Exhibition - Coral: Art Science Life
13 February 2012 to 31 August 2012
Fringing the Australian coastline is 50,000 square kilometres of living reefs - just under one fifth of the world's total reef area.
These densely populated habitats of tropical waters house about 25% of all ocean species. Despite their vital role in a healthy ocean 10% of the world's reefs have already been ecologically destroyed. It is estimated that half of the world's reefs will collapse by 2020. The bounty and beauty of these living structures and the fragility of their future was the impetus for an exhibition held in the University of Sydney's Macleay Museum in 2012, called Coral: art science life.
The exhibition explores reefs from a number of different perspectives. In Coral: art four artists exhibit works that explore our relationship with this fragile waterscape. In Coral: science the work of four University scientists demonstrates the importance of research for understanding the reefs and their future. In Coral: life two schools in the Torres Strait share their vision of living on the reefs of the Coral Sea.
The exhibition features displays on the University's research on coral reefs and highlight the diverse work of four researchers' to better understand and preserve Australia's evolving marine systems: geosciences senior lecturer Dr Jody Webster, Director of the University's One Tree Island Research Station on the Great Barrier Reef Dr Maria Byrne, Macleay Museum ichthyologist Dr Tony Gill, and marine biologist Dr Adrienne Grant. The Macleay Museum contains coral specimens collected as early as William John Macleay's 1875 expedition to New Guinea - remarkably early given it was only a few decades earlier that Charles Darwin had demonstrated how coral reefs were living entities rather than static stone structures as had been previously thought.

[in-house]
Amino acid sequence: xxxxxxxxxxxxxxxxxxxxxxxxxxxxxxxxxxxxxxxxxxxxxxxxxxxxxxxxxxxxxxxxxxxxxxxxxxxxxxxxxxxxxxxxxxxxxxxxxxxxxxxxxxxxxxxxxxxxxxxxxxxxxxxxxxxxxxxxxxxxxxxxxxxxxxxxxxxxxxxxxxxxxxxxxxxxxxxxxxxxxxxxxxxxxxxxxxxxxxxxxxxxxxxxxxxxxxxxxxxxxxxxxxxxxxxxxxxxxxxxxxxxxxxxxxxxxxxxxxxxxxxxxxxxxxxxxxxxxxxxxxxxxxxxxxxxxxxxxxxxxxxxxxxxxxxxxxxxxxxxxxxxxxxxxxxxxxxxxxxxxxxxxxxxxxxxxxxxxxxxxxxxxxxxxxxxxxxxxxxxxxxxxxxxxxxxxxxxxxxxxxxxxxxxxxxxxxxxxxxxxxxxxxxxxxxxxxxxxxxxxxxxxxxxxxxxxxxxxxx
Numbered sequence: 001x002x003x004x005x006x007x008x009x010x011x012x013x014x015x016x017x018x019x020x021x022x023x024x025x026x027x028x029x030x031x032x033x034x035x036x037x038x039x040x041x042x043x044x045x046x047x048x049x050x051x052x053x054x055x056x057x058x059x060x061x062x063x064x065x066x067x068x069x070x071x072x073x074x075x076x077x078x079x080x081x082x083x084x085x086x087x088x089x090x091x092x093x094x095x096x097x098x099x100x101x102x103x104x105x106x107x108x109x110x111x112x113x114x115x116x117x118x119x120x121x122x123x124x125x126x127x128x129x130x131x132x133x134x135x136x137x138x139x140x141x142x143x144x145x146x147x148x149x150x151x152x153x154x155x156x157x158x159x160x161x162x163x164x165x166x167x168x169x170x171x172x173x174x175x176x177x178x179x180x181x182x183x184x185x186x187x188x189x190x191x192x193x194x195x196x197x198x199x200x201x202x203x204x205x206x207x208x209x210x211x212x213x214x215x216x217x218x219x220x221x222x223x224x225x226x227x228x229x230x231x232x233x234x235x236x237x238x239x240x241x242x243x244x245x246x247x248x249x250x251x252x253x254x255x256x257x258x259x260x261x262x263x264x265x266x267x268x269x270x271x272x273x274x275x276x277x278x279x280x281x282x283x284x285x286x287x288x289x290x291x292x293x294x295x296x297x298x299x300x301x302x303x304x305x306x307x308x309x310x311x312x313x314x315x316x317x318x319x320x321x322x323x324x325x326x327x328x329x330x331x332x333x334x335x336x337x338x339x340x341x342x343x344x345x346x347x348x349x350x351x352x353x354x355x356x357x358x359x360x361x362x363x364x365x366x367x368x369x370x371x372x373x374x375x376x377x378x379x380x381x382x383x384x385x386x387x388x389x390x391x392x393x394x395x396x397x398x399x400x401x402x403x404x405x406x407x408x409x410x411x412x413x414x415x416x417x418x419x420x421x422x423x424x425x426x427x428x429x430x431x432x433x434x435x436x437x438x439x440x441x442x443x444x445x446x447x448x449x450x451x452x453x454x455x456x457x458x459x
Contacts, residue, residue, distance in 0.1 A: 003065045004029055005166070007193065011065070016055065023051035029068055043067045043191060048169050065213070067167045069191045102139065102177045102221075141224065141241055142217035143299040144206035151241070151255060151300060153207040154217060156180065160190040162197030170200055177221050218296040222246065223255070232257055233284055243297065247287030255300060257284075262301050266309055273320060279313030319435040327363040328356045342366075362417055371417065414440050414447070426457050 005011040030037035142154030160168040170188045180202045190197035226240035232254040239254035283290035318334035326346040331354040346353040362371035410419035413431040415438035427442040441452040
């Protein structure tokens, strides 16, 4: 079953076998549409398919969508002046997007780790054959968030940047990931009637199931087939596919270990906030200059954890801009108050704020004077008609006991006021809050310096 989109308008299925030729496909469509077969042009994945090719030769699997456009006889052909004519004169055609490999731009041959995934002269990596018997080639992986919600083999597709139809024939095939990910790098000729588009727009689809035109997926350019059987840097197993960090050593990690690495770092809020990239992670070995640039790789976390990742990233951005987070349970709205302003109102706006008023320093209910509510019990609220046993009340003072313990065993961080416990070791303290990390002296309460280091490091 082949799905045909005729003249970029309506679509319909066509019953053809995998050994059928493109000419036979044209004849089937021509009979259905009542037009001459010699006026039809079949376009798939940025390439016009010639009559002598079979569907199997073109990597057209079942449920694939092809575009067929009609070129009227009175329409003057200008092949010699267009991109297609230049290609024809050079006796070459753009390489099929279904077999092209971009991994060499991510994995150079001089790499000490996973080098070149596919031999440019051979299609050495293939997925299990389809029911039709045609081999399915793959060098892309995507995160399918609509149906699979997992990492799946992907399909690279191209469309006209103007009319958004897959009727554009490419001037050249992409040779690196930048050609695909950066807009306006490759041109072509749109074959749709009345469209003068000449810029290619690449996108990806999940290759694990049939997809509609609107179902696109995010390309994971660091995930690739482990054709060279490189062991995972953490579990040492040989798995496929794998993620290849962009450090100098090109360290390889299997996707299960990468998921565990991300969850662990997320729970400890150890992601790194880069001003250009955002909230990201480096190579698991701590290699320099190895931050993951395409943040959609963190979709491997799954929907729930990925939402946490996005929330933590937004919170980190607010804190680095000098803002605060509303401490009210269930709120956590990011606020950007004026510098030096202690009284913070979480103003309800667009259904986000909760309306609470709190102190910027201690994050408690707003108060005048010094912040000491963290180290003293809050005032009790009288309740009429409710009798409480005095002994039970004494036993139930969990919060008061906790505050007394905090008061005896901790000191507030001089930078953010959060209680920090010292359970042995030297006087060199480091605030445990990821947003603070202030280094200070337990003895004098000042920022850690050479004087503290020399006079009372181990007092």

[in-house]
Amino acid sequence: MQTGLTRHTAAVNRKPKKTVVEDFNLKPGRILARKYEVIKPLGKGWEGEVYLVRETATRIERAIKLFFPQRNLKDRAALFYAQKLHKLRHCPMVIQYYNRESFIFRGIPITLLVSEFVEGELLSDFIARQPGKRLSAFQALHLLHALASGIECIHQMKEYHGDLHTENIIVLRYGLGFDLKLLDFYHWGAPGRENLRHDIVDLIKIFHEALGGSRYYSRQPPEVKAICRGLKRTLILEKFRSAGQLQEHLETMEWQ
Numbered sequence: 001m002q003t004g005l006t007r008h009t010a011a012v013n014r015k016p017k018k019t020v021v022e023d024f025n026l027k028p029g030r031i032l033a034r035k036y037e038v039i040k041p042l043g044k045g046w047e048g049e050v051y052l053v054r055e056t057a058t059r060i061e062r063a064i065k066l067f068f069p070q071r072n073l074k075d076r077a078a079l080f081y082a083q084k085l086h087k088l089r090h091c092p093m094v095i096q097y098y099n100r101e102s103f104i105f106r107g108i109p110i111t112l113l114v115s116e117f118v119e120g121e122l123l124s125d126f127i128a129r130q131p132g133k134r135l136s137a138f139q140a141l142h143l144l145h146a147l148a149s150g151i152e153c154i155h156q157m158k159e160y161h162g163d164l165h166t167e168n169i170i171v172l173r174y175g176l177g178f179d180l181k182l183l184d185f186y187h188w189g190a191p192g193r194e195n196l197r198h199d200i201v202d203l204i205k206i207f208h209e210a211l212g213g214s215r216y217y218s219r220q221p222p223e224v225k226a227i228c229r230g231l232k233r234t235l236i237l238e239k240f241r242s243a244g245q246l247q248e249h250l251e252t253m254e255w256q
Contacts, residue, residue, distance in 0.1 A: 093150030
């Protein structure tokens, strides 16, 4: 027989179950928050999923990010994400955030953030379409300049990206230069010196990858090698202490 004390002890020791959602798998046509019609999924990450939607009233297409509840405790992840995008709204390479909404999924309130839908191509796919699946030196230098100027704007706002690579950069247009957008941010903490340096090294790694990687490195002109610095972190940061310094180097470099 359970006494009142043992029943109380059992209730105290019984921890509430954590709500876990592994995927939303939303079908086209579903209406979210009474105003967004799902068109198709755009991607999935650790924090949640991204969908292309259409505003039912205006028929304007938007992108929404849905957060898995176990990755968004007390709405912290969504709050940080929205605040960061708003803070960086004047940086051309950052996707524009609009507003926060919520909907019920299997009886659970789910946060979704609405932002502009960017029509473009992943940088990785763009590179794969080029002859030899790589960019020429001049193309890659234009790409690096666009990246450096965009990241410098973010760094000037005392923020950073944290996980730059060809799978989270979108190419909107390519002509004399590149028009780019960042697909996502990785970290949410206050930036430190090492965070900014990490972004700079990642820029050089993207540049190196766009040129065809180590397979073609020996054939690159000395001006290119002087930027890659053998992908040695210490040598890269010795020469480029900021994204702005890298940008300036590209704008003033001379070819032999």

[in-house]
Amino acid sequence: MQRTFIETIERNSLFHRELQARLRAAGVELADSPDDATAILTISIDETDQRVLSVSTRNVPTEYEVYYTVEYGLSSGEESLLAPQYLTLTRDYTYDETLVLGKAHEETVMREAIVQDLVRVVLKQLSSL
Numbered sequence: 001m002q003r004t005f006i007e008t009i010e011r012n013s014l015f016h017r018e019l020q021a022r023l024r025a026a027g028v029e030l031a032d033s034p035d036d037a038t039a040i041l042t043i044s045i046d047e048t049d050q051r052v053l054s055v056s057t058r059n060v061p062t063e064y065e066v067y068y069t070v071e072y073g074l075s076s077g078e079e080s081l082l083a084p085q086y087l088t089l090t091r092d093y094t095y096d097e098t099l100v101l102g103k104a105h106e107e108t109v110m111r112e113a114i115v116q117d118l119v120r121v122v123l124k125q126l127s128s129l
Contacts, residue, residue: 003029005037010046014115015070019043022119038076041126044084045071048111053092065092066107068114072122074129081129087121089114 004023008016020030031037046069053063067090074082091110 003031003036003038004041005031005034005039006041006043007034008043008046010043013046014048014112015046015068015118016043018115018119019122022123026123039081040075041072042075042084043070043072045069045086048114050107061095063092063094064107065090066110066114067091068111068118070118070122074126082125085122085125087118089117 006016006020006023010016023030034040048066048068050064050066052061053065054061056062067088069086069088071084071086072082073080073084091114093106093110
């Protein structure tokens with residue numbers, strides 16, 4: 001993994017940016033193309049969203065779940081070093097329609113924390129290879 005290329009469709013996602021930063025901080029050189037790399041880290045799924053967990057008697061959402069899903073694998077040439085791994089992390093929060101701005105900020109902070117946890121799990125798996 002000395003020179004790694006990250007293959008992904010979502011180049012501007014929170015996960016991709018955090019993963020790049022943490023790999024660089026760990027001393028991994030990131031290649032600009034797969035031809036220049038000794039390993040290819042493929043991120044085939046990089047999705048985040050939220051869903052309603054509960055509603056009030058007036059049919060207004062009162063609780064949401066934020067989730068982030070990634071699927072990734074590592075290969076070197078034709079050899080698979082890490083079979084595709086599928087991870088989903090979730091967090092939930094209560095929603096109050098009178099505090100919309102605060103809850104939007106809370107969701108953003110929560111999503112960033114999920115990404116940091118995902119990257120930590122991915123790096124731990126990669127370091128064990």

"Coral: Art Science Life examines the boundaries of our concern for the coral reefs and spongy life forms sustaining life on the Queensland and NSW coasts," says Macleay Museum senior curator Dr Jude Philp says. "It allows us to appreciate the richness, history and vulnerability of these treasured natural assets."
The exhibition runs at the Macleay Museum until 31 August.
Opening times: Monday to Friday 10.00am - 4.30pm The first Saturday of every month 12.00pm - 4.00pm Closed on Public Holidays
Time: See above for opening times
Contact: Macleay Museum Reception
Phone: + 61 2 9036 5253